The Damned Story: Yale University boasts one of the most exclusive and enigmatic groups in the world, one that dates back approximately 175 years and features numerous U.S. presidents, senators and governors as well as some of the world’s powerful elite among its members.
Considering it’s a “secret society,” quite a bit seems to be known about Skull & Bones, including its history and alumni, you know, how like Area 51 is the U.S. government’s “secret” UFO and special aircraft testing ground that pretty much everyone on the planet knows about.
Essentially, Skull & Bones was formed in 1832 when Yale senior William Russell, upset with the rules of Phi Beta Kappa, organized a group of classmates into a new campus organization. Initially calling itself the Eulogian Club (in honor of the goddess of eloquence Eulogia), the group grew in stature, campus influence and wealth over the decades. In 1856, the club incorporated and moved into their current location at 64 High Street where a windowless Egyptian-style building called “The Tomb” was built. Additional wings were added to the original structure twice near the beginning of the 20th century. Accounts describe the interior as allegedly having a kitschy-goth vibe with plenty of skulls, skeletons and other spooky decor, plus all sorts of special rooms and chambers — we’re imagining Jekyll & Hyde, maybe with less animatronic characters. The building itself has been officially designated a New Haven landmark.
William Rusell’s little social club has steadily continued to grow, featuring among its ranks such historical figures as Walter Camp, U.S. president William Howard Taft, Prescott Bush and William F. Buckley Jr. Recently prominent alumni include U.S. presidents George H.W. and George W. Bush, as well as U.S. senator John Kerry.
Of course, as with any good secret society, what goes on inside its shrouded walls has been fodder for speculation. From various accounts, it appears that members — or Bonesmen, as they refer to themselves — meet there on Thursday and Sunday evenings during their senior years at Yale to participate in the group’s long-held rituals and traditions, plus socialize and enjoy the trappings of being tapped to be in such an exclusive club. For some reason, I tend to doubt they whittle, practice the “Electric Slide,” bake cookies or help each other with their calculus homework, but hey, you never know. It is a secret, after all.
Apparently, once a bonesman, always a bonesman, and the vow of silence taken at initiation about the society’s activities is a lifelong commitment. Also part of the deal seems to be all the rights and privileges that come with membership, from political favors to influential recommendations to special rewards and financial windfalls.
Simply: It’s good to be the king — or a Bonesman.
If you’re interested in learning more, Alexandra Robbins’ Secrets of the Tomb offers many of the secrets of Skull & Bones, allegedly provided directly by anonymous Bonesmen. Or you can be totally lazy and go for a highly fictionalized and sensationally inaccurate route and just rent The Skulls.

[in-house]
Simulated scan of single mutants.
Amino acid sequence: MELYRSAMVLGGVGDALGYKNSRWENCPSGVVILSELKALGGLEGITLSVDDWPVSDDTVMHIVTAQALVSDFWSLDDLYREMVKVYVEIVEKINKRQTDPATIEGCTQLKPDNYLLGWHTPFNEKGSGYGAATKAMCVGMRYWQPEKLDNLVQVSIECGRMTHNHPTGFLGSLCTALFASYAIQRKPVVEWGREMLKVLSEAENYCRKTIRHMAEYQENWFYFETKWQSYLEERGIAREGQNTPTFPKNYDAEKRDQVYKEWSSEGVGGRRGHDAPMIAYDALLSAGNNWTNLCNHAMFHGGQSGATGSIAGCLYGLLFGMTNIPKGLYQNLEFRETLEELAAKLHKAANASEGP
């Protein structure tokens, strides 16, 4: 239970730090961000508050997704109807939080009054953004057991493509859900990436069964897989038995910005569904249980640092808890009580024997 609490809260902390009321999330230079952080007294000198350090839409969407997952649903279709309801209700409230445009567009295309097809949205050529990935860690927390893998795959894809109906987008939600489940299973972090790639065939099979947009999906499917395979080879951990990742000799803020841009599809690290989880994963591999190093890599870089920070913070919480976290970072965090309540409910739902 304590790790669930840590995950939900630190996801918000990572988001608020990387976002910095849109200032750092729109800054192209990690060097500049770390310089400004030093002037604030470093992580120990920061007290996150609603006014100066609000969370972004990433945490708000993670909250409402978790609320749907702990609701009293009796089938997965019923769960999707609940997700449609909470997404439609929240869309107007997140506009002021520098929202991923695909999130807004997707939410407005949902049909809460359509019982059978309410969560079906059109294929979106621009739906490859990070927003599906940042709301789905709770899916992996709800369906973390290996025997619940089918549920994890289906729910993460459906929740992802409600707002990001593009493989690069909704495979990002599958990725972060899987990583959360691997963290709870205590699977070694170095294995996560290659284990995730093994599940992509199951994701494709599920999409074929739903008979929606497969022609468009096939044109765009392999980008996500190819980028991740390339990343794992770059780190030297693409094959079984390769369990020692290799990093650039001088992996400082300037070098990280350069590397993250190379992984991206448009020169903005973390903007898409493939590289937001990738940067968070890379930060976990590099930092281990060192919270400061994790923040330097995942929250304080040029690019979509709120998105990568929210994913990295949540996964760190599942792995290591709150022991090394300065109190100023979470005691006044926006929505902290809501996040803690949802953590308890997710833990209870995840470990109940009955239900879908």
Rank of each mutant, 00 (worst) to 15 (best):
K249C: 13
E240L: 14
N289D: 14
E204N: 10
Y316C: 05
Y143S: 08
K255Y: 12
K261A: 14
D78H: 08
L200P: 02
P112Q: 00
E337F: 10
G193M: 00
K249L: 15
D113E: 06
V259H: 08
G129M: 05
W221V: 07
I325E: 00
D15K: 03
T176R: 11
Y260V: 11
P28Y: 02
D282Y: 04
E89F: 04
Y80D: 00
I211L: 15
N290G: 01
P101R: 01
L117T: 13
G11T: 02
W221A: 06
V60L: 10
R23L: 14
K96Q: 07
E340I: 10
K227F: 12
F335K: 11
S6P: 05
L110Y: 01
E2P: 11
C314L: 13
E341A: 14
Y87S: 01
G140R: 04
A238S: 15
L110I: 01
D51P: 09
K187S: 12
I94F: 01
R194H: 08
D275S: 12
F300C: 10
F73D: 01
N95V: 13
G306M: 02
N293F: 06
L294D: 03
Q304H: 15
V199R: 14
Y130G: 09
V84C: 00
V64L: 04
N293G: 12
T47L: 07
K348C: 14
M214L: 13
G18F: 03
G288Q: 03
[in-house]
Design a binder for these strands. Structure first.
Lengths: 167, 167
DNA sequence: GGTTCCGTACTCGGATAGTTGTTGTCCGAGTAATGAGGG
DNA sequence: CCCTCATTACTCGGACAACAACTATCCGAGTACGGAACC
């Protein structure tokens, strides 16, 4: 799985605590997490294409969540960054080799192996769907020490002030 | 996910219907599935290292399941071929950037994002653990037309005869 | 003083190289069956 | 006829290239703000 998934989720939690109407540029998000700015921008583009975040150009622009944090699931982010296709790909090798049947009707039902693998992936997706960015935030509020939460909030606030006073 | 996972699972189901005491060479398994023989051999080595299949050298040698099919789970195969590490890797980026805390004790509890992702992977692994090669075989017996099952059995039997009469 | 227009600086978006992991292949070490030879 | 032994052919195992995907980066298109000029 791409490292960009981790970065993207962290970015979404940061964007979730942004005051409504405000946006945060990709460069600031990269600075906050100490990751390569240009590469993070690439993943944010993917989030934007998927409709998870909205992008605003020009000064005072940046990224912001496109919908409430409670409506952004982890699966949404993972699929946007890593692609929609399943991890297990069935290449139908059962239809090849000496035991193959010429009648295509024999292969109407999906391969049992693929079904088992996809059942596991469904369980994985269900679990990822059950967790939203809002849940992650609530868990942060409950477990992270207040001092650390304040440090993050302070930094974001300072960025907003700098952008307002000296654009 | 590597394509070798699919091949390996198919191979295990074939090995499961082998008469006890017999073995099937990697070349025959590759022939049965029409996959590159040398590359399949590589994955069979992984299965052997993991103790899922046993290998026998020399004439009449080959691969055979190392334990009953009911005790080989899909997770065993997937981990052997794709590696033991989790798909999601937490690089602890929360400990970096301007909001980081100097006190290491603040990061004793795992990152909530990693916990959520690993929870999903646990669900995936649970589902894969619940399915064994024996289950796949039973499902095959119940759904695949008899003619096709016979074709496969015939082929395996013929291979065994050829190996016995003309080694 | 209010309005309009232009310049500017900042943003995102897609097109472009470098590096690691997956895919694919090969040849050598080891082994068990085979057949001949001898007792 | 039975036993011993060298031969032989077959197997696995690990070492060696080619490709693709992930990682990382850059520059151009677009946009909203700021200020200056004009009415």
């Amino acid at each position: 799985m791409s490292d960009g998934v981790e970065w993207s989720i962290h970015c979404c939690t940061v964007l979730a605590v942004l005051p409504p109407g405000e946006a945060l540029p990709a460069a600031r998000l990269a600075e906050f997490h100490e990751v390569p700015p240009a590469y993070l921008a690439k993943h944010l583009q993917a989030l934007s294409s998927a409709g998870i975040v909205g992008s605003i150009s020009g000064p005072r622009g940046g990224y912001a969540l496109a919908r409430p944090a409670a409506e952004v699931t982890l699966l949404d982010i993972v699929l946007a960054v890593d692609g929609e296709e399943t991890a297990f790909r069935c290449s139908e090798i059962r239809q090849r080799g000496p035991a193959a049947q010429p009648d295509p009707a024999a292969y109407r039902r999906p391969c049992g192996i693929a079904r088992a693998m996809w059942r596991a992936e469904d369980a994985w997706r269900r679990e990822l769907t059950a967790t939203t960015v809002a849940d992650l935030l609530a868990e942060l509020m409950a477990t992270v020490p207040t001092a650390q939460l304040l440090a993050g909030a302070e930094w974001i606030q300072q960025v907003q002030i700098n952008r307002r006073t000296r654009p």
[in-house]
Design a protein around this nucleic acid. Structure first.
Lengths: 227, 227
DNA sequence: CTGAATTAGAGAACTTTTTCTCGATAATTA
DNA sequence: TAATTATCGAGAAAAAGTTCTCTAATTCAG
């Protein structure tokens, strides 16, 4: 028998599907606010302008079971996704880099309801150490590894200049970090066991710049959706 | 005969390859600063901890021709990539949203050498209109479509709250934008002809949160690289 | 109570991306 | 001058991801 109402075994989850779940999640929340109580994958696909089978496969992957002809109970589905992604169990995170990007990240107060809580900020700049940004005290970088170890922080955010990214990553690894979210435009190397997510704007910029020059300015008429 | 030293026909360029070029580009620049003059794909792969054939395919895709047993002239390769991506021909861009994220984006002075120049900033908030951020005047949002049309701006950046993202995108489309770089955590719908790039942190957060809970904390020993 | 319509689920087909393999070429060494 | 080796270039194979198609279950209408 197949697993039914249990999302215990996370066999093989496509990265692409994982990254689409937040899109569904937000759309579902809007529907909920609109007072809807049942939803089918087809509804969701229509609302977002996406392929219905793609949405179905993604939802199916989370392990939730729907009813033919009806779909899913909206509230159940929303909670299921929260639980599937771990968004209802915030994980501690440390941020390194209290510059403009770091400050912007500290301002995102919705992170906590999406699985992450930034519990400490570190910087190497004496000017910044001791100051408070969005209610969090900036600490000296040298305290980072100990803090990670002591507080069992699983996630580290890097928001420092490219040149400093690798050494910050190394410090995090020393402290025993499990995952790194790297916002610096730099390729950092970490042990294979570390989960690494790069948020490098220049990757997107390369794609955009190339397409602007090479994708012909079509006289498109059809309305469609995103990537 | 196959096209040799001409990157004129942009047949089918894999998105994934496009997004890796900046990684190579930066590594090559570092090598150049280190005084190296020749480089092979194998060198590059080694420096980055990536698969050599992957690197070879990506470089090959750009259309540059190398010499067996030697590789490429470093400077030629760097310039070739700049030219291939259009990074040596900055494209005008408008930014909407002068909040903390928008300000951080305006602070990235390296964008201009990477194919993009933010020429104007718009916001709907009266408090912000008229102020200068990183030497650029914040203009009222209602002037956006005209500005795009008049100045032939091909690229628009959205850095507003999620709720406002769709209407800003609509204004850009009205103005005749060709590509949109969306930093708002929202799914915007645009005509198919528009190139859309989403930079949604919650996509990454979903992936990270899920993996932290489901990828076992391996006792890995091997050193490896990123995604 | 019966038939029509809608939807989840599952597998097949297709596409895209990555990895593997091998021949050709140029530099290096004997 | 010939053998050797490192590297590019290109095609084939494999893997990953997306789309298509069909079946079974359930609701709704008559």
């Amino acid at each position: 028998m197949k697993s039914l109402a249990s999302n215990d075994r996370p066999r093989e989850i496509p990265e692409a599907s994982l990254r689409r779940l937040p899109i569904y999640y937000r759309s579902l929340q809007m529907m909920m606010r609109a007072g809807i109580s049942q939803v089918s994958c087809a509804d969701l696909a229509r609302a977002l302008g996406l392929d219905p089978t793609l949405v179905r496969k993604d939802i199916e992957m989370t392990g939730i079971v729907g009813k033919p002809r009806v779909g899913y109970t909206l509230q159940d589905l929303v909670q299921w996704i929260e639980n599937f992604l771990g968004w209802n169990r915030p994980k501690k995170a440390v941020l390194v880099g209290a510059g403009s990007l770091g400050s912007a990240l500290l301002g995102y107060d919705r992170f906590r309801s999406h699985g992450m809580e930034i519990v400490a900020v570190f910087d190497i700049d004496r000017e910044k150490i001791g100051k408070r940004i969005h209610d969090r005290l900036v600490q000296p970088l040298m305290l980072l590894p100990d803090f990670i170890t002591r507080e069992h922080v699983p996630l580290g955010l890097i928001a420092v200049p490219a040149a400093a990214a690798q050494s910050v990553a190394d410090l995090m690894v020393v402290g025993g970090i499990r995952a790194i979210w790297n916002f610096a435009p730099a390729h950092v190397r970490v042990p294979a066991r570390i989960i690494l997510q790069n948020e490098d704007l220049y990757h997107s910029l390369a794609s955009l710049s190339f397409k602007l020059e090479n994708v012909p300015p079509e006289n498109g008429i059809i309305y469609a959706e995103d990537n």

By the way, in researching Skull & Bones, we called one of our good friends who works at Yale who informed us about two other lesser-known secret societies on the campus: Wolf’s Head and Scroll & Key, both of whom also have private buildings on Yale’s campus in New Haven.
Scroll & Key came along in 1842, being formed by members who were dissatisfied with Skulls & Bones. “Keys” as they are known, also count themselves among the power elite, with notable alumni including Cornelius Vanderbilt III, Paul Mellon, A. Bartlett Giamatti, Stone Phillips, Gary Trudeau and Dr. Benjamin Spock (the baby doctor, not the vulcan). The Keys have their own Tomb at 484 College Street.
Wolf’s Head was formed in 1883 when a number of students who were unhappy with Skulls & Bones’ and other secret societies at Yale, joined together to form their own group. (See a pattern here?) “Grey Friars” as the members of this group are known, seem to not take themselves nearly as seriously as the other groups; prominent alumni include Charles Ives, Edward Harkness, William Wrigley, William Ford and Dick Jauron. Their New Hall is located at 210 York Street.
Our Damned Experience: We have been past The Tomb — the windowless building on High Street that is the society’s home — numerous times through the years, including most recently in January 2009. Not unlike Willy Wonka’s chocolate factory, we have never seen anyone going in or coming out. Ditto the Wolf’s Head Hall and Scroll & Key Tomb.
Our source at Yale told us that when one of the Skull & Bones Tomb requires maintenance, the facilities workers are met at the door, escorted to the exact place in need of service, then escorted back out of the building. Not surprisingly, despite being a social organization, Bonesmen aren’t so social with those outside the group.
If You Go: Unless your last name is Bush or Rockefeller, or you’re a particularly well-connected Yale senior, you’re not getting inside of Skull & Bones any time soon. Like the rest of us plebes, you can stare at the outside of the building, which is located on High Street in New Haven, just past the archway and directly behind the Yale Art Gallery, across the street from Dwight Hall.
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